The ongoing crisis in Ukraine has sent shockwaves through the global economy, with investors facing an unstable market and the Russian currency taking a sharp dive. While the full economic implications of the Russia-Ukraine war are still unknown, it is clear that it has a major impact on businesses worldwide. In particular, the war is likely to lead to significant accounting considerations, such as impairment of assets, auditing challenges, operational concerns, and complications with revenue recognition for organizations with holdings or significant business activities in Ukraine or Russia. As the situation in Ukraine continues to unfold, the accounting world will be closely watching to see how these and other effects play out.

Here is a look at some accounting and reporting issues your organization may need to consider.

Asset Impairment

Companies located in Ukraine—or that have ties to the country—are facing significant disruptions to their operations, such as loss or damage of physical assets. The global supply chain crisis, seemingly worsened by the war and expected inflation, may diminish some companies' inventory. In addition, the ongoing import bans and international sanctions placed on Russia may have a long-term effect on the cash flow generating capacity of assets and lead to impairment losses for companies that own Russian assets.

It's important to note that any investment your organization has in Russia or Ukraine could be negatively affected for the foreseeable future. You should consider the direct and indirect impacts of the Russia-Ukraine war on all your tangible and nontangible assets and perform an impairment analysis for each one.

Going Concern

Some companies caught in the middle of the war may be struggling to keep their operations afloat, creating uncertainty about continuing as a going concern. Factors that affect going concern status include cash flow, asset values, and liabilities.

Your company's going concern status may be affected by the Russia-Ukraine war if any of the following are true:

  • It relies on financing tied to the sanctions or any entity which has frozen or seized assets
  • It is dependent on the support of Ukrainian, Russian, or Belarusian companies
  • It has ceased sales in Russia, resulting in a decreased sales forecast
  • It has a breached contract and is therefore subject to litigation

If your organization has ties to countries involved in the war and you suspect material uncertainty, you should analyze whether your going concern status is affected. Material uncertainty also requires disclosure in your financial statement.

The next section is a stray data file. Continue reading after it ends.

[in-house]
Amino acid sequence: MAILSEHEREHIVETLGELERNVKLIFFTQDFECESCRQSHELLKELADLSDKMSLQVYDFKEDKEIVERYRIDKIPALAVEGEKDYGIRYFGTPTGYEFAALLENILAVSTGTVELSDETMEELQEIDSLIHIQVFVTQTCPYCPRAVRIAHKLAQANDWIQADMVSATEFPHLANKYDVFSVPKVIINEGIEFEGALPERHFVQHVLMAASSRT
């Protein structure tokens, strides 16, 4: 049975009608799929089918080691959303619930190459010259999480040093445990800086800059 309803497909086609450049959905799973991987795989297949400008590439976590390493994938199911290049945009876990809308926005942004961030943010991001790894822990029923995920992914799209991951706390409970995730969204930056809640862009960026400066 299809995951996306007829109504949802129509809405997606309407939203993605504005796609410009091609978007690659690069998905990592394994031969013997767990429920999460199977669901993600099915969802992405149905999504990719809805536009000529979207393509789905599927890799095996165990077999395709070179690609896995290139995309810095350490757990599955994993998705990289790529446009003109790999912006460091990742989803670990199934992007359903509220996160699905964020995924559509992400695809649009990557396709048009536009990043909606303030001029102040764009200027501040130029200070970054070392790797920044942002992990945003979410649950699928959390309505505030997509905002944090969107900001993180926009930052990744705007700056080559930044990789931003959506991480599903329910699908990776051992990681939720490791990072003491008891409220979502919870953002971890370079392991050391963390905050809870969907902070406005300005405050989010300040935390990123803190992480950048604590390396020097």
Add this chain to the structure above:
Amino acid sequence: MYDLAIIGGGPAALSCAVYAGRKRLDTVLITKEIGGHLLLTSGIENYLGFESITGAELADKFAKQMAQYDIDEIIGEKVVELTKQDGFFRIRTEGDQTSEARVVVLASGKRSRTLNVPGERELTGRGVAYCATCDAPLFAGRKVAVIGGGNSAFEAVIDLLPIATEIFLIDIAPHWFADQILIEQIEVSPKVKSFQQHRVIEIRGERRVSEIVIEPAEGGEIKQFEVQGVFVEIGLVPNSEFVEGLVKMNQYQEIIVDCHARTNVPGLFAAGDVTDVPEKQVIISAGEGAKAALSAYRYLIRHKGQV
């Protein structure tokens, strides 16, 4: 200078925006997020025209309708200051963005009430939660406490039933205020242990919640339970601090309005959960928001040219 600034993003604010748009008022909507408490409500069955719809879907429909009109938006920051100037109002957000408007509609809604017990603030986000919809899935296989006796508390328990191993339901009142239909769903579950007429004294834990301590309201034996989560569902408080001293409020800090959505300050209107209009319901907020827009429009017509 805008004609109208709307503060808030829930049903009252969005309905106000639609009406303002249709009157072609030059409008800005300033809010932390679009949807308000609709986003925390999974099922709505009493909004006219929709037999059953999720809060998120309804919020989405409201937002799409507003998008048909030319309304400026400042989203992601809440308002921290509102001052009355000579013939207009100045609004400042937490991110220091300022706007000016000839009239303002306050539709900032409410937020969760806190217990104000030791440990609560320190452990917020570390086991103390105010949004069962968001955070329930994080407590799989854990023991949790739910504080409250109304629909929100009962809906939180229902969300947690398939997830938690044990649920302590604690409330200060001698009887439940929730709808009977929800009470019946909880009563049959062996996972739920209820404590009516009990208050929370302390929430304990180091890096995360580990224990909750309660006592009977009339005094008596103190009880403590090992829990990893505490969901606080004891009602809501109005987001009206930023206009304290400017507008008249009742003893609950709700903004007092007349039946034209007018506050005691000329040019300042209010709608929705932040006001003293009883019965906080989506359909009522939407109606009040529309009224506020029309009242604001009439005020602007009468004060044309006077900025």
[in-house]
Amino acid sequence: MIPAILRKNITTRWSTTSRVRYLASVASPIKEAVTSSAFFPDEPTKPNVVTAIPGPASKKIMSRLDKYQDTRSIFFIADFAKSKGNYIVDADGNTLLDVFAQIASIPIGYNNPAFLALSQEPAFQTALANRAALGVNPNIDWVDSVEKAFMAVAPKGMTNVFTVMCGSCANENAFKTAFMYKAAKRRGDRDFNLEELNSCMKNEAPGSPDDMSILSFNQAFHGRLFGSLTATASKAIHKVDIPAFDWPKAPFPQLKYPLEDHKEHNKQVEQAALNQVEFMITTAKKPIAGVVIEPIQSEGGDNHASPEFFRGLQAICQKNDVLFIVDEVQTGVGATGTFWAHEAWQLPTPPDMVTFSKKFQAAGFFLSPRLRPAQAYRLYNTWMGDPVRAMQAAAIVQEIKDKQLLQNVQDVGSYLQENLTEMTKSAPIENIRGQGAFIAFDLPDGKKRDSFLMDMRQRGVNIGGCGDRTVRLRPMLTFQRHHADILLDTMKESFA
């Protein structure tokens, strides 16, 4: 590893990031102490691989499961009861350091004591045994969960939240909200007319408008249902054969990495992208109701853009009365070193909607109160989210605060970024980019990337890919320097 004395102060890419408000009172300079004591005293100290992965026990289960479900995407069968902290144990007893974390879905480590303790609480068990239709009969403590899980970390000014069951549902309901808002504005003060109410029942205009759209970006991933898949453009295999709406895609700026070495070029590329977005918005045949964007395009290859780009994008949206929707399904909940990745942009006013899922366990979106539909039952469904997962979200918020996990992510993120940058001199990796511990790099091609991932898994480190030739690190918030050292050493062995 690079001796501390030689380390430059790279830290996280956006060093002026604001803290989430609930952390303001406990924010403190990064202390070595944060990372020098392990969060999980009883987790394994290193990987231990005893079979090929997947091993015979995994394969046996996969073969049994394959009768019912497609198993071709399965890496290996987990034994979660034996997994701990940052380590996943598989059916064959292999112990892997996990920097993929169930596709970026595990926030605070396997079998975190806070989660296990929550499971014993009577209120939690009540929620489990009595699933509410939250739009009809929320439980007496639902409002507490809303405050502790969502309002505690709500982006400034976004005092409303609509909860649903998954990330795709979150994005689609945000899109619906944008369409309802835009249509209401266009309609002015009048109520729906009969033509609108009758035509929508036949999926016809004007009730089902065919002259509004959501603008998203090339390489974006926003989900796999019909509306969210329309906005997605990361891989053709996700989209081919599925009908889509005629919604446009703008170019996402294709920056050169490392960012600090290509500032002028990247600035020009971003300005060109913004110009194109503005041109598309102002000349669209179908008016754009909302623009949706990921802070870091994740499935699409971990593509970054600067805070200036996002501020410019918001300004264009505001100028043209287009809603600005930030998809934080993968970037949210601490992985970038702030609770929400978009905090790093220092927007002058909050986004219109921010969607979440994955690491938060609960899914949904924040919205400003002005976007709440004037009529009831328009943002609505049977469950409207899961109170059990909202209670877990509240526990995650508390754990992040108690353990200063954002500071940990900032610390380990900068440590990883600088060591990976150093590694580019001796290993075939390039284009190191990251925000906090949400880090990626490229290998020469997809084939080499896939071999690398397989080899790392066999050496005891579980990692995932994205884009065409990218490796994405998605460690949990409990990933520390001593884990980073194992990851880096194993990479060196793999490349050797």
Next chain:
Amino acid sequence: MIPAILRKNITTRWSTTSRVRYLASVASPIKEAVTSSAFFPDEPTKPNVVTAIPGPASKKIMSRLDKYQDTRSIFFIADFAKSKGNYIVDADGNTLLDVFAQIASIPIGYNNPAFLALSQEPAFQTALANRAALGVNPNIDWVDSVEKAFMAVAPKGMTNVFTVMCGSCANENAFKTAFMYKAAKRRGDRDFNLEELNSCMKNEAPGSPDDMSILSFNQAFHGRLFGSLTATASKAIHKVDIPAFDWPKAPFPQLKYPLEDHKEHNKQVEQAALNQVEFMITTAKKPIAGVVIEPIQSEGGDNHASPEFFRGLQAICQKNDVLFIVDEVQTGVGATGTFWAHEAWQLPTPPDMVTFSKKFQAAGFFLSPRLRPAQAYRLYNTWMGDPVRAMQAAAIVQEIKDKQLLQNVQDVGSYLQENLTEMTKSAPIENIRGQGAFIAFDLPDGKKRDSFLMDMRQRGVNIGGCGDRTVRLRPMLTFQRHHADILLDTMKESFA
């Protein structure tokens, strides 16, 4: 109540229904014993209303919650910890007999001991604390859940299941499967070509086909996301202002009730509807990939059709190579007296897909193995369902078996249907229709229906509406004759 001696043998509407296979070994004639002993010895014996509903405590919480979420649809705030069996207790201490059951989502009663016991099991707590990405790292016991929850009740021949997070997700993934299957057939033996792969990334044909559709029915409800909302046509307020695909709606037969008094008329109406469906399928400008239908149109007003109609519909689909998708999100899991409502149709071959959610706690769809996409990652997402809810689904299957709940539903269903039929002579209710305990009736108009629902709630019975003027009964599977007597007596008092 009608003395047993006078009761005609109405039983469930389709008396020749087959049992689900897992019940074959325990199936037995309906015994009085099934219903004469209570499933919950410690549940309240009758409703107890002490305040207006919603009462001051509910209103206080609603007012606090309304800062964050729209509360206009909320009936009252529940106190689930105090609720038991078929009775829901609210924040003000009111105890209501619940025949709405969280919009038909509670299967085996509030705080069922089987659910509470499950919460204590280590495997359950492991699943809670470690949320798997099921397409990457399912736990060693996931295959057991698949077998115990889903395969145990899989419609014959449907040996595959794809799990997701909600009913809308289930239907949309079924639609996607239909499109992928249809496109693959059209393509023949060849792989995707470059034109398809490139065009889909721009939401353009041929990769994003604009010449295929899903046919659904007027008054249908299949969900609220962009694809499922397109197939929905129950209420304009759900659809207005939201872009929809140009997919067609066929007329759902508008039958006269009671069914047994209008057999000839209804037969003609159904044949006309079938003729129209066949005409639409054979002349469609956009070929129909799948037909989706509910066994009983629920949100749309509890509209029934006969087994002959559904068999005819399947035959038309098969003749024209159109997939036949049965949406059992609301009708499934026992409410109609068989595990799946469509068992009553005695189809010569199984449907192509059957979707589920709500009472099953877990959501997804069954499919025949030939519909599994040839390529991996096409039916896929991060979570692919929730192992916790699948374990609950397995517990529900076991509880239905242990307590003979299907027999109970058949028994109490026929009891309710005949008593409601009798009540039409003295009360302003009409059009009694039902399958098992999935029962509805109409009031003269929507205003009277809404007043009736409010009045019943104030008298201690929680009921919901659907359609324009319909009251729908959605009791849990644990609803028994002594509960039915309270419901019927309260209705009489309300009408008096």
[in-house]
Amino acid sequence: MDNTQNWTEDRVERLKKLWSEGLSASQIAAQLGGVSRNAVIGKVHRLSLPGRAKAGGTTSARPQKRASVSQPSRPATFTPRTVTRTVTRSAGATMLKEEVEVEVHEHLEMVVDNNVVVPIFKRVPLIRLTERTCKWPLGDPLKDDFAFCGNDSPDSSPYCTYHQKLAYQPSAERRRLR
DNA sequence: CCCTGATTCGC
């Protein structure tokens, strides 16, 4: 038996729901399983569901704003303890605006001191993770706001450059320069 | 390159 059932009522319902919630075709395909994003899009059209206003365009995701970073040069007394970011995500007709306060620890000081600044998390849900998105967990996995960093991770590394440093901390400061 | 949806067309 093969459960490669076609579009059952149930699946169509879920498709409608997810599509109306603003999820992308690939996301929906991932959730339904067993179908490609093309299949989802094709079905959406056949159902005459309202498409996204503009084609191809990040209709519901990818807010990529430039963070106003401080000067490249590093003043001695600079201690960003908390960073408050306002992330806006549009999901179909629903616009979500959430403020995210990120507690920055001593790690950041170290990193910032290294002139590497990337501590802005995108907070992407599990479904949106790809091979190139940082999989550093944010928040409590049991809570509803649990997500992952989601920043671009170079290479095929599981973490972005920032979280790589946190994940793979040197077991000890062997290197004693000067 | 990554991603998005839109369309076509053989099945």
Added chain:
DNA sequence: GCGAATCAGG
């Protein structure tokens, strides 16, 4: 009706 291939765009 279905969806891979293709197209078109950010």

Revenue Recognition

If your organization currently has customers in Ukraine, Russia, or even Belarus, or you had them and lost them, you need to assess how that will affect your credit risk. You should also consider calculating the variable consideration impacts as related to rebates, discounts, or price concessions.

Other revenue recognition concerns include modifications to contracts with vendors or customers, the ability to fulfill contracts, contract cancellations, and anything that may affect the transaction price.

Other Accounting Considerations

It may be too early to assess the full implications of the Russia-Ukraine war, but as with other significant disruptions—such as a global pandemic or economic downturn—there are many similar issues to tackle. Below are a few more relevant potential impacts you should have on your radar.

Audit Challenges: If your organization has a statutory auditor in Ukraine, or your consolidated financial statements are audited by multiple auditors, including those in impacted countries, there may be difficulties. Your auditors may not have access to mandatory paperwork, inability to video conference, or lack physical access.

Subsequent events: Your organization must evaluate whether it is necessary to provide disclosures on the impact of the war on your business for your current period financials. Subsequent event disclosure should be marked for anything from discontinuing operations in Ukraine or Russia and year-end losses. For example, if you experienced a major loss on Russian stock after year-end, that would require a disclosure.

Internal Controls: If your organization has any related business with one of the countries involved, you should determine the war's effects on your internal controls, including lack of access to information, modified processes, disruptions, or reestablishing new controls.

Cybersecurity Risks: With the economic downturn sparked by COVID-19 and now exacerbated by the Russia-Ukraine war, hackers may see more opportunities to exploit vulnerabilities, especially with sanctions and boycotts in play. Addressing the heightened cybersecurity risk and recognizing how a security breach could impact your financial reporting is vital during the next few months.

Russian Currency: The Russian ruble lost nearly half its value when Russia invaded Ukraine. Although the value has since bounced back closer to its original value because of manipulated currency control and oil and gas exports, it may not remain stable. 

Organizations with operations, interests, or ties to any country involved in the war should carefully consider how their financial reporting will be impacted and disclose any effects.

For More Information

If you have specific comments, questions, or concerns about accounting issues impacted by the Russia-Ukraine war, please contact us.

Published on April 14, 2022